(4 out of 5 stars)
"I hated to album when I first heard it, but I really didn't give it close attention. I expected something to reach out and grab me the way "Freedom" or "Ragged Glory" did, and my initial assessment was a sloppy, tired, boring failure. But over the years a lot of people have prodded me, telling me it's much better than that, and having given it a real chance, I have to admit I was wrong. It's one of Neil's most interesting albums, sonically and lyrically. The harrowing atmosphere has been compared to that surrounding "Tonight's The Night," but the sound is very different. Here, it's almost apocalyptic, with a heavy and occasionally experimental production that you won't find on Neil's more well-known albums."My Heart" is pretty strange and off-kilter song. On paper, the words could have come out of a Broadway show, but when you hear this song sung in a quivering, straining vocal, occasionally double-tracked in a way that feels slightly off, and played on that tack piano out of "Touch of Evil," it really gets under your skin after awhile. This pretty much sets the tone for the rest of the CD where just about everything has something disturbing about it. On the title track, the immediate impact and tremendous loss of Cobain's death on his wife is surrounded in the most oppressive sound to ever grace a Neil Young record. He may have achieved greater levels of distortion elsewhere, but the dirge-like lyrics with the desperate, off-key chorus occasionally surfacing throughout the song makes this even more harrowing, the aural equivalent of a Franz Kafka novel.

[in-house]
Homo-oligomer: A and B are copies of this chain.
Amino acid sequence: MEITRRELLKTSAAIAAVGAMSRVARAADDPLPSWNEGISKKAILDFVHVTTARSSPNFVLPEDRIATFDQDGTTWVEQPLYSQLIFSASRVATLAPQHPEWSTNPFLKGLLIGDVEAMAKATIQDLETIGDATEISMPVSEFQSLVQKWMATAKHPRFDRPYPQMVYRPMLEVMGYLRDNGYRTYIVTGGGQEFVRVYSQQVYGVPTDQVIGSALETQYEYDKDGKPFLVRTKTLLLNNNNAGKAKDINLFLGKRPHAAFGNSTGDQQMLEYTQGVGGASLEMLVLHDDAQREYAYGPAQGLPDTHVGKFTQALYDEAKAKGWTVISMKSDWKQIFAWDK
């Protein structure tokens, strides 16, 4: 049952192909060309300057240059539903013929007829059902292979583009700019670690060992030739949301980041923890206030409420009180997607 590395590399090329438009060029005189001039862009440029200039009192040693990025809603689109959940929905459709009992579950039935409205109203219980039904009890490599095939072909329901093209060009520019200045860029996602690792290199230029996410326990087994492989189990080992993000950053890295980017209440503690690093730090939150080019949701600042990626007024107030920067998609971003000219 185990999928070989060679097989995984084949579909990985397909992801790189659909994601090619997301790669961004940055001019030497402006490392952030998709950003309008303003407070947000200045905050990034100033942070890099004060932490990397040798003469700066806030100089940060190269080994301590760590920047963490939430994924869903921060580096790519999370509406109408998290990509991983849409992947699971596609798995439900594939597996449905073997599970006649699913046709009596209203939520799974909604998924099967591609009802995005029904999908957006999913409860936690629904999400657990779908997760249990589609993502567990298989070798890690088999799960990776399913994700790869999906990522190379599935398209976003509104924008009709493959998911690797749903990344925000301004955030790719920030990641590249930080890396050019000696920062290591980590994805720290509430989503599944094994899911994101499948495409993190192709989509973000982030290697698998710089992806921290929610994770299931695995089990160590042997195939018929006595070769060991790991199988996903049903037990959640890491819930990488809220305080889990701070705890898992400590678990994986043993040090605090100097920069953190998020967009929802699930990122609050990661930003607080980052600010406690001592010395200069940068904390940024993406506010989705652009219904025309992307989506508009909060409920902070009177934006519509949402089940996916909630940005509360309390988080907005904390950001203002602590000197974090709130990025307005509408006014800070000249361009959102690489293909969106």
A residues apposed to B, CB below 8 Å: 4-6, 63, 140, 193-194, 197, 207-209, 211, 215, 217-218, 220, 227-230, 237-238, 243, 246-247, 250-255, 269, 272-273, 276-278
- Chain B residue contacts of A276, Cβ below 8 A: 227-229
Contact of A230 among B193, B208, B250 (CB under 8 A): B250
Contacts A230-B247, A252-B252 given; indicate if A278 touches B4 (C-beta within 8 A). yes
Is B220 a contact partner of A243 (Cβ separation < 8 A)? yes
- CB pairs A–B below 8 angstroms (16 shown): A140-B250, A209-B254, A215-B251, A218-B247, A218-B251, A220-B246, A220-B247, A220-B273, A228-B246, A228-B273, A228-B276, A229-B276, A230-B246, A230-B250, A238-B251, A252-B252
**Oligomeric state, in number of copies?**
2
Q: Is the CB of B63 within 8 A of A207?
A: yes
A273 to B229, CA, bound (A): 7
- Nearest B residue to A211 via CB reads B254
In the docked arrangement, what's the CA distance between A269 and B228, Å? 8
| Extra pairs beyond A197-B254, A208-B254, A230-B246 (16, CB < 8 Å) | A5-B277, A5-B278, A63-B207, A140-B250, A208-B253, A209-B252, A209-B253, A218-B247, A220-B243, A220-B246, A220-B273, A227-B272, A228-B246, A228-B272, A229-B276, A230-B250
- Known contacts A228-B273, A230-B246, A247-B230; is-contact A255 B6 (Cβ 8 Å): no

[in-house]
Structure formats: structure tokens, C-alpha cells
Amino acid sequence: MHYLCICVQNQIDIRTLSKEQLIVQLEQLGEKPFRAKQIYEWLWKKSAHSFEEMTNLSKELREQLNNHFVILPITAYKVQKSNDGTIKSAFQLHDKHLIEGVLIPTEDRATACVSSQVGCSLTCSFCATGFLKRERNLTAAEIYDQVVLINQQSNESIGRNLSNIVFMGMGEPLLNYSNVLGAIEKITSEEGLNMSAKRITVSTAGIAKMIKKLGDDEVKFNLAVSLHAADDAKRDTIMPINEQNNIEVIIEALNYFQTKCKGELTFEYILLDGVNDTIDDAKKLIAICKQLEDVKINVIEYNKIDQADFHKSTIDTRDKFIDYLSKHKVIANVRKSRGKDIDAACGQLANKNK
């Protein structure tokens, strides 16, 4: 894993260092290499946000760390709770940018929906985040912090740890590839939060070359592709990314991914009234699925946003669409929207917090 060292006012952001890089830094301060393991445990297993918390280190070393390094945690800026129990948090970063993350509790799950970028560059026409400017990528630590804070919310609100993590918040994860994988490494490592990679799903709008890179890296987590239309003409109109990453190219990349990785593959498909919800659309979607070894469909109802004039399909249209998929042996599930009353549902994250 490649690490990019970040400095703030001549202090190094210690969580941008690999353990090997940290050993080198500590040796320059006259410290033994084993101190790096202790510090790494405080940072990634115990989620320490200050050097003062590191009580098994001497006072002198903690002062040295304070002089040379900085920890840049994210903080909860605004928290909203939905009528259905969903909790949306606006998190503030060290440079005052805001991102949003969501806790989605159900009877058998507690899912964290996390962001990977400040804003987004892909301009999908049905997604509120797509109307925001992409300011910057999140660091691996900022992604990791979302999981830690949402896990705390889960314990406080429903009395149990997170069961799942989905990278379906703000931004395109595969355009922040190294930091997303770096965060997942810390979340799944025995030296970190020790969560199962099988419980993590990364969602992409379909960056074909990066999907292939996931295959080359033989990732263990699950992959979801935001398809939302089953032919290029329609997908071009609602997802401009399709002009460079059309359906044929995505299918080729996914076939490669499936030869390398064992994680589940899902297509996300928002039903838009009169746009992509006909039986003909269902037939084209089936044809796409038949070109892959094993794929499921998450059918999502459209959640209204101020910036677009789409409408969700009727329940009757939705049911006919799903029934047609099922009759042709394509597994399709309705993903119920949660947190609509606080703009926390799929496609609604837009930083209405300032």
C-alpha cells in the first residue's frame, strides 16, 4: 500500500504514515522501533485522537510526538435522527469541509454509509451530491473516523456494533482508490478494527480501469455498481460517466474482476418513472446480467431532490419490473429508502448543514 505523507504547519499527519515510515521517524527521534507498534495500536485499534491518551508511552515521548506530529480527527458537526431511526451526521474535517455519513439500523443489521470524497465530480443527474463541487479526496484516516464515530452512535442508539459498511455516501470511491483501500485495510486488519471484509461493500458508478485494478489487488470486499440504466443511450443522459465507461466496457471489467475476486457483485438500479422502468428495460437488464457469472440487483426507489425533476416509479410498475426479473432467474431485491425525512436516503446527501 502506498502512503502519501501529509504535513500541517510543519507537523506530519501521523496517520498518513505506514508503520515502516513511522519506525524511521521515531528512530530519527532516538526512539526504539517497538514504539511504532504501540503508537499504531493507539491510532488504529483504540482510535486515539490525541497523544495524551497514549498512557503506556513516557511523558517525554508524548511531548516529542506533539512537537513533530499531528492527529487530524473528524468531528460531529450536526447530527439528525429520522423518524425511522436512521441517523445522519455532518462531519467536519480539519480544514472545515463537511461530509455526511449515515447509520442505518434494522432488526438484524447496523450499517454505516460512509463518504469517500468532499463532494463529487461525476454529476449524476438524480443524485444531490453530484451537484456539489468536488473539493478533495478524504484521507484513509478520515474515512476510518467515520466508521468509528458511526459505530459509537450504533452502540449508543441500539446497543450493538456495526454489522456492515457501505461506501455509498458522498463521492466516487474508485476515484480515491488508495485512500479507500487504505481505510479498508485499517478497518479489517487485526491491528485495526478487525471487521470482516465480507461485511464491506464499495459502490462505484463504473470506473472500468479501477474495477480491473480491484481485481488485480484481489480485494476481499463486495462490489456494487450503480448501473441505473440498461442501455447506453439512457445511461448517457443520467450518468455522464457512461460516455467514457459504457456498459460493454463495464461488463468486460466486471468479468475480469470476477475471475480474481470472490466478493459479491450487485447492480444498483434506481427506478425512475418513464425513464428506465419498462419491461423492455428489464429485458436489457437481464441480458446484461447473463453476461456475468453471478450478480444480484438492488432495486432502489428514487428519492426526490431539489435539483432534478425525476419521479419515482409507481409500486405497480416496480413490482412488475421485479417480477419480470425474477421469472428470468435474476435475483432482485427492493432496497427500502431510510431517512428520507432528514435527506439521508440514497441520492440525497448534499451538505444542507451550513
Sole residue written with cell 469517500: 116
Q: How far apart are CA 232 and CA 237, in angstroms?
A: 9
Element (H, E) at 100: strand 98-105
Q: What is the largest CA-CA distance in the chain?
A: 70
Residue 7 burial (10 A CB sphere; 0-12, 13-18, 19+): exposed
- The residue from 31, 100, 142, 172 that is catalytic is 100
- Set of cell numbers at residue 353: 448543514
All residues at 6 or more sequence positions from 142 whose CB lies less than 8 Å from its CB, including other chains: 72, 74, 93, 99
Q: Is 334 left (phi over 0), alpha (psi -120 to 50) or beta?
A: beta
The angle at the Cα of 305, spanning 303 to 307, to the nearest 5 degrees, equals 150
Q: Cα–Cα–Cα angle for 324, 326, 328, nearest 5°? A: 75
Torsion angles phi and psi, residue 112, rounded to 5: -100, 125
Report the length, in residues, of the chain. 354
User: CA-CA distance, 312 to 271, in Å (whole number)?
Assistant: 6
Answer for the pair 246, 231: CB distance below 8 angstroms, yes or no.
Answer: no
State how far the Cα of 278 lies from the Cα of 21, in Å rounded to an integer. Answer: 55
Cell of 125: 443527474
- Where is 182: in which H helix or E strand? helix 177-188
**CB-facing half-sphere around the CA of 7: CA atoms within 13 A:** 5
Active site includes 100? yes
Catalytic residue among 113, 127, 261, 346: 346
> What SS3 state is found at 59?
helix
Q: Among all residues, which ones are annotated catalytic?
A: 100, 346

I could go on an on (the ominous throb of the strange road epic "Trans Am", etc.) if I had the space.But it's not all doom and gloom. The pleading words and vocal on "Change Your Mind," the hope that comes through on the last track (though it's pretty desperate in itself) all offer or at least search for ways out of the depressing atmosphere that surrounds most of this CD. Not a 'fun' listen, and except for "Piece of Crap," not even rocking in a way "Tonight's The Night" or "On The Beach" rocks, but it is rewarding in its own way.One more word on "Piece of Crap," yeah, it does break from the album's thematic unity, and I think one critic was pretty apt in calling it "the ecological 'Welfare Mothers,'" but taken by out of context, it's actually a pretty funny, stoooopid rock song. Not on the level of the Ramones or the Replacements, but you get the idea."
Not gonna take you down home.
Ruth Shertzman | EVERYWHERE | 05/14/2000
(5 out of 5 stars)
"I had heard legends of how Neil's music is bipolar. Before I got this CD I owned After The Gold Rush, Harvest, and Silver & Gold. So I had only heard his soft music, which is utterly beautiful. At some point you are ready for something else though. When you get to that point, buy this CD. This music touched something primal in me. Now, please excuse me, I must go crawl on all fours for a while."